The topic of books and reading is my main niche because it’s so juicy.
Not only does it come naturally to me to write about it, since I’m a huge library mouse and I read all the time, but you can do so much with this topic, aside from recommending or reviewing books.
A while ago, I wrote an article answering the all-time top Quora questions on the topic of books and it was very well received.
As a books and reading journalist, and the editor of a publication for book reviews, reading tips and reader stories, I feel confident doing this again.
So this time, I’ll be answering five of the most popular questions on the topic of reading, which have been asked in the past week.
My personal experience would indicate that that’s the case indeed. My mum, especially, is a huge bookworm and has always inspired me to read more. I grew up not only surrounded by books but also with bedtime stories every night.
Until I started reading books myself, my mother would always read me something before bed. From fairytales to short children’s books, and even mythological stories, I remember being fascinated by the process of reading in itself.
But, to answer the question in a more objective way, this is a case of the mere-exposure effect, a psychological phenomenon that makes people develop tendencies for certain things if they’re familiar with them.
Ikigai: The Japanese Secret to a Long and Happy Life by Hector Miralles and Francesco Garcia is one of the few books that changed my life almost entirely.
The lesson I’d like to share here is that everything you do in life, even the smallest actions, count towards a purpose. And as long as you have a purpose, you will be fulfilled. You just need to open your eyes to your own purpose.
It doesn’t have to be a hugely meaningful purpose. Taking a break for a day is a purpose. Cooking a healthier dinner tonight is a purpose. Taking a nap is a purpose. Taking a deep breath right now is a purpose.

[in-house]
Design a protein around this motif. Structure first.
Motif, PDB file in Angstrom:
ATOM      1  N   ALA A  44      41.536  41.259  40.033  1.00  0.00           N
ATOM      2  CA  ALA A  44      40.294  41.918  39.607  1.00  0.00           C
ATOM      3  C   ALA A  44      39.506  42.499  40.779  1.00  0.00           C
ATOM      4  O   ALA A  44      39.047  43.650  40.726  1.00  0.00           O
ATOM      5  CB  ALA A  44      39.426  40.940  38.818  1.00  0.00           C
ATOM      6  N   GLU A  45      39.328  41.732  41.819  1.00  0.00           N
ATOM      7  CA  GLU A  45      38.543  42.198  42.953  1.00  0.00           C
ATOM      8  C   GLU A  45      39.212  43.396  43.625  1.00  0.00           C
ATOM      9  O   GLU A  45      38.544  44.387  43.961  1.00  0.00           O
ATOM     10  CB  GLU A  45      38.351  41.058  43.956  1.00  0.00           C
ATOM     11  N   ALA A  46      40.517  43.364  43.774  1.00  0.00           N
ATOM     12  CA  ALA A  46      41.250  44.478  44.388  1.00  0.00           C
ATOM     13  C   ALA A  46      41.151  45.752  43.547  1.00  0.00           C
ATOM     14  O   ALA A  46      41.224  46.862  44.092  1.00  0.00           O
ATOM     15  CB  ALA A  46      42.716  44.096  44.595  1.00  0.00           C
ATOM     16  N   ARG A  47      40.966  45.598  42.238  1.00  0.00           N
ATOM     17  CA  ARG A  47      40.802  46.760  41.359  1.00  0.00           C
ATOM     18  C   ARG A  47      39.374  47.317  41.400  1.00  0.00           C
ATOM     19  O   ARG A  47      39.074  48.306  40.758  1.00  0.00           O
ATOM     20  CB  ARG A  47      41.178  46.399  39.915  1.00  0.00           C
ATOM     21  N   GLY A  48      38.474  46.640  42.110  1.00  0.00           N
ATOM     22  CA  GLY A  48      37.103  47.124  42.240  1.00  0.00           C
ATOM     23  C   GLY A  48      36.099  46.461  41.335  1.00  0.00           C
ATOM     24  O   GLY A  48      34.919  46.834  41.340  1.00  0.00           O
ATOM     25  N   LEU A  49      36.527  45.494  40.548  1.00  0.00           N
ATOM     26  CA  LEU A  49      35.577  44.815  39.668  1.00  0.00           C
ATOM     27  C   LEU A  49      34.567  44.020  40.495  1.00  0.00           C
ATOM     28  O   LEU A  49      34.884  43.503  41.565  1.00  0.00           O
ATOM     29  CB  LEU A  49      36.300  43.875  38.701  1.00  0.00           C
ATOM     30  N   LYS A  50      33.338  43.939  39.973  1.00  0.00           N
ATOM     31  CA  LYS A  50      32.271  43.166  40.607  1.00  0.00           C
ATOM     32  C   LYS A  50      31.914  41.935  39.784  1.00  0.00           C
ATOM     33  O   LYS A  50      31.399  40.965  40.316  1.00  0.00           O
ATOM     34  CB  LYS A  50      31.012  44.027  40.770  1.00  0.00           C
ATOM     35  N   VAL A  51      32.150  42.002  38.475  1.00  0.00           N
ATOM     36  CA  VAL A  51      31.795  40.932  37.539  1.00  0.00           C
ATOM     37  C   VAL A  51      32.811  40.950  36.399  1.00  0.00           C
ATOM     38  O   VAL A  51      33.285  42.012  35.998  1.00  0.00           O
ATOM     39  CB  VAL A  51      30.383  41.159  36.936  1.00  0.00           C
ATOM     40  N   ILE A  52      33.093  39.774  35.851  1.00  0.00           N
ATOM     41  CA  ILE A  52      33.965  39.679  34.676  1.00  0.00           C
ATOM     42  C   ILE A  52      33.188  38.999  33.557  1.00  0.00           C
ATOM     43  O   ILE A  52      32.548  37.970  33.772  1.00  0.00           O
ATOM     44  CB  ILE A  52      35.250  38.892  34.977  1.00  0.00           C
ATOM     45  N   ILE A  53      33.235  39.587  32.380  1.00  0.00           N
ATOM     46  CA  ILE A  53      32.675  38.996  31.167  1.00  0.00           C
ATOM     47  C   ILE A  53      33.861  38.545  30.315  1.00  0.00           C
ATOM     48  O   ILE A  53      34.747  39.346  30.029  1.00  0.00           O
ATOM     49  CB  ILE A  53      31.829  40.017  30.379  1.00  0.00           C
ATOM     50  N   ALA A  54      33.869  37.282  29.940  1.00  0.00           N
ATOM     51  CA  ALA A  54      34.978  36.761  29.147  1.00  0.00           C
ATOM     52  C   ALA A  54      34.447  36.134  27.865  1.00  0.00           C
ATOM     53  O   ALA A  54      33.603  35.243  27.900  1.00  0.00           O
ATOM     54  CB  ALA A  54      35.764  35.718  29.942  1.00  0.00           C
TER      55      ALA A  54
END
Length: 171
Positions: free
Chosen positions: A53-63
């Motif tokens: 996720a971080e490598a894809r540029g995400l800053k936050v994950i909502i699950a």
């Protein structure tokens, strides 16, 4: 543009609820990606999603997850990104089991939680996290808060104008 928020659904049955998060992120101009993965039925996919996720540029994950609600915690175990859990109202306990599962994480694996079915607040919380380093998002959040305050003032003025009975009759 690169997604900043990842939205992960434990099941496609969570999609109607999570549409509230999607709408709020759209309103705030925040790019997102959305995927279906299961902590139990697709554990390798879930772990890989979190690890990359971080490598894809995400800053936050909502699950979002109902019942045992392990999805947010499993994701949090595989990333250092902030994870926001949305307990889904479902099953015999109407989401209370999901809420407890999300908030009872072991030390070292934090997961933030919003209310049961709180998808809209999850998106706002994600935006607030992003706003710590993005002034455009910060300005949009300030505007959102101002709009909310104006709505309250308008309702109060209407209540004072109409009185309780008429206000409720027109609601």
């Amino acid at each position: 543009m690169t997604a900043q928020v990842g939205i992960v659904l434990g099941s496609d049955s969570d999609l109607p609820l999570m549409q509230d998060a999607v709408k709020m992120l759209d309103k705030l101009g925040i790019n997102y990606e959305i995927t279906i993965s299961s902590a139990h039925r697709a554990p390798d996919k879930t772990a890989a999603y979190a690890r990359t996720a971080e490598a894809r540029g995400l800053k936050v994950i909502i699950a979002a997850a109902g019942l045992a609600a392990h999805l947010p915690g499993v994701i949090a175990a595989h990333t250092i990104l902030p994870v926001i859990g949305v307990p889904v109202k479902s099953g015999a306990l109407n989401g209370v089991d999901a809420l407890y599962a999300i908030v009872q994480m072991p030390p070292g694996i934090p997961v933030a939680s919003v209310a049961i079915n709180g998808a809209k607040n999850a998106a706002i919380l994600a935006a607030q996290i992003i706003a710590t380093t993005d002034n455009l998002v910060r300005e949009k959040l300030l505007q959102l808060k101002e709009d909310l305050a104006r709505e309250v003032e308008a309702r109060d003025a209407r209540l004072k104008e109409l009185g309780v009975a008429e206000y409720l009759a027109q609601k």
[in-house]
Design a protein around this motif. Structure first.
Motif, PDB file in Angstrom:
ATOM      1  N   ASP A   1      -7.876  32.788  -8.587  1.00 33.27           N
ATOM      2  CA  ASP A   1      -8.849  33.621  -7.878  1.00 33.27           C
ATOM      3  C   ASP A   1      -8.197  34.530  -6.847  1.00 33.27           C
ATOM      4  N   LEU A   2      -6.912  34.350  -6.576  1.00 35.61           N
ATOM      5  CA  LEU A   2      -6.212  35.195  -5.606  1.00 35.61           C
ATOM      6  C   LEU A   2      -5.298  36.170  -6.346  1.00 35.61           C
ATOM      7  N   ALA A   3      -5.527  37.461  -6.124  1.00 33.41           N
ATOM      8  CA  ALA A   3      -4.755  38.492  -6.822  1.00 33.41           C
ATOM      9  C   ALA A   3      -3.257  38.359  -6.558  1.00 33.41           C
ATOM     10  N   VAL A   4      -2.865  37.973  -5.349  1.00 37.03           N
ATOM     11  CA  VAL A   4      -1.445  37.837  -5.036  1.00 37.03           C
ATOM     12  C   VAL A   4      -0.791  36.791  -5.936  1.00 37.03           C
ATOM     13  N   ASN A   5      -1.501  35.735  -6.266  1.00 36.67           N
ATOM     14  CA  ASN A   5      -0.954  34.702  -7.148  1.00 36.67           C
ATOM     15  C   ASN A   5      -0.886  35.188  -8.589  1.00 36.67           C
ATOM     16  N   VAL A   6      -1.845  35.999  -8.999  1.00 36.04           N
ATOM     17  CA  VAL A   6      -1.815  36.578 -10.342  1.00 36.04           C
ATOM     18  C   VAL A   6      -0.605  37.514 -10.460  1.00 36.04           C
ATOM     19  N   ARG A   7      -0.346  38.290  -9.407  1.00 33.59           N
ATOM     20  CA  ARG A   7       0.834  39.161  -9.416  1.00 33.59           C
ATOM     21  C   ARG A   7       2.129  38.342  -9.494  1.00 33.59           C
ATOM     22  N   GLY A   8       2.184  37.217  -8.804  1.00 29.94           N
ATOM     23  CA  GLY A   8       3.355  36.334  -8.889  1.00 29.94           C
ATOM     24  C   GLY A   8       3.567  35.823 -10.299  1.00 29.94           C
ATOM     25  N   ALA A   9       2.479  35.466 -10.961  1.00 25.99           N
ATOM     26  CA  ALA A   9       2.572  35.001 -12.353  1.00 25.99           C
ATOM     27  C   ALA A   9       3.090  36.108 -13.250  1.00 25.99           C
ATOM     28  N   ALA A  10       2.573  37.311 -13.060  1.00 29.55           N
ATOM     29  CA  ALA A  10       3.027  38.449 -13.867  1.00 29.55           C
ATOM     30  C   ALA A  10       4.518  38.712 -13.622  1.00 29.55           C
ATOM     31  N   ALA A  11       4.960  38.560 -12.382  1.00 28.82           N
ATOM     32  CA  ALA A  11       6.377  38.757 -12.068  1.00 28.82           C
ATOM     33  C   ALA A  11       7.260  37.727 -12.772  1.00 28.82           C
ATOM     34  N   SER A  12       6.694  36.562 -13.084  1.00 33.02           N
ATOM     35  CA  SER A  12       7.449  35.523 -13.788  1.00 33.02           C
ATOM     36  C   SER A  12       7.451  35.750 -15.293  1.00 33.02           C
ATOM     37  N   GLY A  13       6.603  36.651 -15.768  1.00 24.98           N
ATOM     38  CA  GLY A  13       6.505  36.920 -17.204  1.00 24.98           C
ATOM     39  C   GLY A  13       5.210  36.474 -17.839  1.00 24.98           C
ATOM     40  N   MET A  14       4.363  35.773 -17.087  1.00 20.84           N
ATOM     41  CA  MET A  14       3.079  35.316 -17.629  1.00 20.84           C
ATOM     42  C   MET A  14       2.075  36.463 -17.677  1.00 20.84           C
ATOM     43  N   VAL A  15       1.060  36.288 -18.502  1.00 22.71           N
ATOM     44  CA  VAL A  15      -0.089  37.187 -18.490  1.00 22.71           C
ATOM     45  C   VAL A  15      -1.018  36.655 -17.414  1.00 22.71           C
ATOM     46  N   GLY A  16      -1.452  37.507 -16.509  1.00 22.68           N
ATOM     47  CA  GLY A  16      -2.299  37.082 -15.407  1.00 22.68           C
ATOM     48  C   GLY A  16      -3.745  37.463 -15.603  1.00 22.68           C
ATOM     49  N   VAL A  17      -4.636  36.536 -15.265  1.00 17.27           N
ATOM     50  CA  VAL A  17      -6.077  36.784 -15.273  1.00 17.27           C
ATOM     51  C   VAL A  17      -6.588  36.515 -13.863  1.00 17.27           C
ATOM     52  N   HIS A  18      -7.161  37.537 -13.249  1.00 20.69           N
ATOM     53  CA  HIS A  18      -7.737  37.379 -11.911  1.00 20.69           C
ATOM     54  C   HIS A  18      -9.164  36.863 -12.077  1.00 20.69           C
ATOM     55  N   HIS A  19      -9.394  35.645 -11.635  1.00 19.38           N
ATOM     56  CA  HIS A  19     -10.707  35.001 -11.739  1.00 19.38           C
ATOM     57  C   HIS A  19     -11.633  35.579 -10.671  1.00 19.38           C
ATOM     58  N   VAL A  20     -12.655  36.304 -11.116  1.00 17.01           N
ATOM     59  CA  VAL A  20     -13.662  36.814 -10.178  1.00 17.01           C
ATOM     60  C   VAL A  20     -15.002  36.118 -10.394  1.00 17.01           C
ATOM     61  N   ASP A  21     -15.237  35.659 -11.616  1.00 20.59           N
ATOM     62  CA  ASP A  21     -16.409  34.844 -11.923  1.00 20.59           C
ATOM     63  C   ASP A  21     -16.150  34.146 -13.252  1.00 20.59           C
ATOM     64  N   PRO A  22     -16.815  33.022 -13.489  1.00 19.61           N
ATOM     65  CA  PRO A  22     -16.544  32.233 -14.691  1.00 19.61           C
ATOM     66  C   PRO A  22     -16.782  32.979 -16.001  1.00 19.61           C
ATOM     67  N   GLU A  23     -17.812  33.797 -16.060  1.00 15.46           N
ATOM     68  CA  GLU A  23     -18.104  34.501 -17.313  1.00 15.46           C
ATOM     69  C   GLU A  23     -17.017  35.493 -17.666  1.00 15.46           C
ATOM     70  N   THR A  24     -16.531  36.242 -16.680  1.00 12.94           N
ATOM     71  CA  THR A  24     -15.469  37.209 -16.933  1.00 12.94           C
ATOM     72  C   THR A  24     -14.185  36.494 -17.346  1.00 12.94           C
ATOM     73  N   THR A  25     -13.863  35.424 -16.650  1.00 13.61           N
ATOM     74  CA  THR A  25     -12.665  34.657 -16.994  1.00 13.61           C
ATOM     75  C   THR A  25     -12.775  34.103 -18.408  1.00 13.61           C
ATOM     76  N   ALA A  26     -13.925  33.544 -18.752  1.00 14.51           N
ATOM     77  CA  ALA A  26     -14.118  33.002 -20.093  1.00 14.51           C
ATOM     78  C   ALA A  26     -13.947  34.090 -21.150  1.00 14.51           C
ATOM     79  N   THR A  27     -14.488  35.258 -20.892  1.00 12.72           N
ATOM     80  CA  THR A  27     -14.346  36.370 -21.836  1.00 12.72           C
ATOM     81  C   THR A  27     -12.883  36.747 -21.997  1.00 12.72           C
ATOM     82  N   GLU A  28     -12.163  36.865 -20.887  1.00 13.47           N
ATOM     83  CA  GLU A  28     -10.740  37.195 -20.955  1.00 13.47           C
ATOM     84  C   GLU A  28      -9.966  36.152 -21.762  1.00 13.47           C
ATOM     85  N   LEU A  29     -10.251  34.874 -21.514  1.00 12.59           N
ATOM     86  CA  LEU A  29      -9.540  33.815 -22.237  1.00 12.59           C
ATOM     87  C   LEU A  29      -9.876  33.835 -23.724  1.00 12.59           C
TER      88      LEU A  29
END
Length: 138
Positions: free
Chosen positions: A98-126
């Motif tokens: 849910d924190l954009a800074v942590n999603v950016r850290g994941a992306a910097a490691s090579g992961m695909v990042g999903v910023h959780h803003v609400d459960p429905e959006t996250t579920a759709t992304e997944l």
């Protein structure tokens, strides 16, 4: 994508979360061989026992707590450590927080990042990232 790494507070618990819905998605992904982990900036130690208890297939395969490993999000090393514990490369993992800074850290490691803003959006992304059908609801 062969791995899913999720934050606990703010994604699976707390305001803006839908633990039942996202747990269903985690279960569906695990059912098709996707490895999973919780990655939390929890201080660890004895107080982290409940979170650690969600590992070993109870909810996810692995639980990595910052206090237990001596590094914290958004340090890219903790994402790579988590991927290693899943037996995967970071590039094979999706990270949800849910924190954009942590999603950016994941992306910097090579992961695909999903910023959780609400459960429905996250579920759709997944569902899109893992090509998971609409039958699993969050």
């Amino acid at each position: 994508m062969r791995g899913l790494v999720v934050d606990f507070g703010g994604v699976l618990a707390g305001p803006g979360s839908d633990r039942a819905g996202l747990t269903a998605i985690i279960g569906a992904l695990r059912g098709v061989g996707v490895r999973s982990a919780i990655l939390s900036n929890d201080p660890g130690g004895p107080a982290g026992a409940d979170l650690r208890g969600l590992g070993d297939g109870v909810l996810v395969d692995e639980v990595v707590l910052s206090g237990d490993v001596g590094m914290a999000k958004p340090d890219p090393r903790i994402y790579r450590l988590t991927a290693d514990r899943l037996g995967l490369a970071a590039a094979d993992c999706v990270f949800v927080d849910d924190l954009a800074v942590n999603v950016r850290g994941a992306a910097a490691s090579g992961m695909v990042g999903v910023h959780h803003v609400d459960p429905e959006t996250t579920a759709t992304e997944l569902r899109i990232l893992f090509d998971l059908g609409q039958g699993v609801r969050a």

This change in mindset gave meaning to everything I do and helped me see the more hidden aims of my every action.
I personally don’t believe so. And I think many people who specialise in literature would also disagree.
Some old books can become obsolete, yes, and some of them do perpetuate mindsets and practices that would be frowned upon nowadays.
But old books are valuable in how they speak of the past from the point of view of the present, and there is also a lot to learn from the writing styles of the past.
A bit self-indulgent, but I had to include this question.
My personal favourite sentence in a book is from Korean poet Ko Un’s collection Time of Dead Poets:
Every wave is the tomb of a wave and the womb of another wave. — Ko Un
I don’t know who needs to read this, but it’s time we overcome the determination to finish books even if we don’t want to.
There are so many books out there and the mere thought I’ll never get to read all the ones I’m interested in makes my heart squeeze. I stopped wasting time on finishing books I don’t enjoy a long time ago. It’s not necessary and serves no purpose.
If you don’t enjoy a book, just leave it. Embrace the power of DNF-ing. Find something better.
Are you a passionate reader? How would you answer these questions?
Eliza Lita is a freelance writer based in the UK. She covers books and reading, fitness, lifestyle, and personal development. For more of her stories, please consider signing up for a Medium membership through her referral link.